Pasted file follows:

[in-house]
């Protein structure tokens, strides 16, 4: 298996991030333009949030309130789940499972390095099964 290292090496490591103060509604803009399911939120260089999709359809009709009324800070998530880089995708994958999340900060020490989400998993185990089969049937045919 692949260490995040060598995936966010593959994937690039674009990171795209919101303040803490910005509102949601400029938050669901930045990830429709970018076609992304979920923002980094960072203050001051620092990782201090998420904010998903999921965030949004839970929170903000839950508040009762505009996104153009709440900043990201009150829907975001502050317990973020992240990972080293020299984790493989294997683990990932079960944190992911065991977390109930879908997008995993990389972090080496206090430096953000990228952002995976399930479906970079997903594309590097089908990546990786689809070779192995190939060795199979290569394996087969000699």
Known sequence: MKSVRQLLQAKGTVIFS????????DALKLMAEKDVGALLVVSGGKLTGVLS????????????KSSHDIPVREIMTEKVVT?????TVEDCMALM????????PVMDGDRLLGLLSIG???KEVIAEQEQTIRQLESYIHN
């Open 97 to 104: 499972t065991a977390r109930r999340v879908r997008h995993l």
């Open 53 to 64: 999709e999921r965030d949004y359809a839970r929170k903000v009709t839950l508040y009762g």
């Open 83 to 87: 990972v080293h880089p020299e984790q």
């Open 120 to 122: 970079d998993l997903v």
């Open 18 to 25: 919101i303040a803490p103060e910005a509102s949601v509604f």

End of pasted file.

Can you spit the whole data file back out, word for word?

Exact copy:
[in-house]
């Protein structure tokens, strides 16, 4: 298996991030333009949030309130789940499972390095099964 290292090496490591103060509604803009399911939120260089999709359809009709009324800070998530880089995708994958999340900060020490989400998993185990089969049937045919 692949260490995040060598995936966010593959994937690039674009990171795209919101303040803490910005509102949601400029938050669901930045990830429709970018076609992304979920923002980094960072203050001051620092990782201090998420904010998903999921965030949004839970929170903000839950508040009762505009996104153009709440900043990201009150829907975001502050317990973020992240990972080293020299984790493989294997683990990932079960944190992911065991977390109930879908997008995993990389972090080496206090430096953000990228952002995976399930479906970079997903594309590097089908990546990786689809070779192995190939060795199979290569394996087969000699």
Known sequence: MKSVRQLLQAKGTVIFS????????DALKLMAEKDVGALLVVSGGKLTGVLS????????????KSSHDIPVREIMTEKVVT?????TVEDCMALM????????PVMDGDRLLGLLSIG???KEVIAEQEQTIRQLESYIHN
């Open 97 to 104: 499972t065991a977390r109930r999340v879908r997008h995993l």
């Open 53 to 64: 999709e999921r965030d949004y359809a839970r929170k903000v009709t839950l508040y009762g």
């Open 83 to 87: 990972v080293h880089p020299e984790q």
């Open 120 to 122: 970079d998993l997903v």
């Open 18 to 25: 919101i303040a803490p103060e910005a509102s949601v509604f």